General Data Protection Yawn

GDPR. Never has a set of initials with so tedious a meaning become so well known. Every company and charity with which I've had dealings has written or emailed to ask permission to keep sending me their missives in time for last Friday's deadline. I’ll confess to using it as a good opportunity to cut down on the amount of stuff I receive without lifting a finger. Salem even has its own privacy notice: Over the 11 days the page has existed on the site, 62 people have clicked on it. I have no doubt that they were as bored reading it as I was writing it. I begrudgingly acknowledge that it’s a little reassuring to know that information held about me should be minimal and justifiable. Over the years, various organisations have obtained, stored, sold and used information about us. We now have the right to find out how and why, and to have it deleted on request. God too, is a data controller. He watches what we do, think and say. Records are kept, and they cannot be deleted under the new data protection law. These records are so terrifyingly accurate and comprehensive, they are sure to keep us out of heaven. In Christ, however, our sin is dealt with and its record deleted from our prosecution files:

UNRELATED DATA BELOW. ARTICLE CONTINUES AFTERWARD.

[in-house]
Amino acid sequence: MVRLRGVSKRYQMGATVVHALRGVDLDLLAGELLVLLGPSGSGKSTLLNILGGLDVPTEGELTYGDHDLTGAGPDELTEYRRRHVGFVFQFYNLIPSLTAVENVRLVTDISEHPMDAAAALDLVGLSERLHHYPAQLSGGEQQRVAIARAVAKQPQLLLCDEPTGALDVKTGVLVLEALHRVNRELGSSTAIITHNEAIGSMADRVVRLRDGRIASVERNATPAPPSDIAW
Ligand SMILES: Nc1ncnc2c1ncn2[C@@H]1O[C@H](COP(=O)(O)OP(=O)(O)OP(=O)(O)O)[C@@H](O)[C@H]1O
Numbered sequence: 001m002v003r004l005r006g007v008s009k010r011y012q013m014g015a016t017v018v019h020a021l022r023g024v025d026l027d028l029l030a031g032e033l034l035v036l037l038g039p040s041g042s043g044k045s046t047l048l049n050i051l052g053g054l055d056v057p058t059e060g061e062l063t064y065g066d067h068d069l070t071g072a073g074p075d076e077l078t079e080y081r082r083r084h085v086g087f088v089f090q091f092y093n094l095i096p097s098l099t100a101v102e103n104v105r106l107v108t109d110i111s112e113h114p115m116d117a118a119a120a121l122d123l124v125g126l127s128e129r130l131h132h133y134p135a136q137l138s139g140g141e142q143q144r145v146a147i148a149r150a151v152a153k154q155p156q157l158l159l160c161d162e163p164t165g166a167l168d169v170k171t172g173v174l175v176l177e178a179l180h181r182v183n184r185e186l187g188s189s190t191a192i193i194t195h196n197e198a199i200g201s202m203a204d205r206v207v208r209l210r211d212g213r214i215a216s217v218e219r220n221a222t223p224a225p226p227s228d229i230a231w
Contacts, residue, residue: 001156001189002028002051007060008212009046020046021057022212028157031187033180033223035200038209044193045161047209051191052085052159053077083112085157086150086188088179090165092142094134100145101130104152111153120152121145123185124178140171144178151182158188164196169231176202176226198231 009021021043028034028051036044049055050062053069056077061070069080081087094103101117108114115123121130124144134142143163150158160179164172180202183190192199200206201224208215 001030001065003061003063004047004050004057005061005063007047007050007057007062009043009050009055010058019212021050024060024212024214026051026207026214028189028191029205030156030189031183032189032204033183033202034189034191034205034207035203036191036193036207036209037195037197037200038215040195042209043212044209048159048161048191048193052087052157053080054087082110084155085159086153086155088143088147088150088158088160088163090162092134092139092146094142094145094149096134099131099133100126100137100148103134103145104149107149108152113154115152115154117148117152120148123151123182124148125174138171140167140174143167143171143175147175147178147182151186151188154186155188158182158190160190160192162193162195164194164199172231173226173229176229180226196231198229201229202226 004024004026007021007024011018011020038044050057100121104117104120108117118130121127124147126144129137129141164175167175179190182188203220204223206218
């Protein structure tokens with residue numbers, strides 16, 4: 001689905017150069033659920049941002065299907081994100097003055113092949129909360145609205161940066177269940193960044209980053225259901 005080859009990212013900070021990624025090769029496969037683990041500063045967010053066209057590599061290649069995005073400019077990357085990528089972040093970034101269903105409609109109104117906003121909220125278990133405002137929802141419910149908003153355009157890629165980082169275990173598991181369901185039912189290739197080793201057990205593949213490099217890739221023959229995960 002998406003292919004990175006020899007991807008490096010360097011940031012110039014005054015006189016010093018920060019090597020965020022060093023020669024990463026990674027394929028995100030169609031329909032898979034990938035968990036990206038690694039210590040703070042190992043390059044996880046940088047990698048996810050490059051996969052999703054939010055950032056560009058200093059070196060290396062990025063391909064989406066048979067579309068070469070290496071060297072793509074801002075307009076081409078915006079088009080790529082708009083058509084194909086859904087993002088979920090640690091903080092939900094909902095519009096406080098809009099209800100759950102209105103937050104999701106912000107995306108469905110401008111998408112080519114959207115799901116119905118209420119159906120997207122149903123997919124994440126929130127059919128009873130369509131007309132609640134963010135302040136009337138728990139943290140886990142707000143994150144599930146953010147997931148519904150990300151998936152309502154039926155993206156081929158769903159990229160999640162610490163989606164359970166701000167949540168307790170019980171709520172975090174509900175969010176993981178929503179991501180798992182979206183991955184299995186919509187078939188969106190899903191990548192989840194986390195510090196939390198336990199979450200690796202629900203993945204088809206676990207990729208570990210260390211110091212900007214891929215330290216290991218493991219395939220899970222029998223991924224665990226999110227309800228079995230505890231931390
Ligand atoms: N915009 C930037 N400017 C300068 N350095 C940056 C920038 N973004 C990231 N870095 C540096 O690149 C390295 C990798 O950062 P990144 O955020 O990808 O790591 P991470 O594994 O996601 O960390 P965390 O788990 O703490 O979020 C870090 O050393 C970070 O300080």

As far as the east is from the west, so far hath he removed our transgressions from us.

Psalm 103:12

Image by Pete Linforth from Pixabay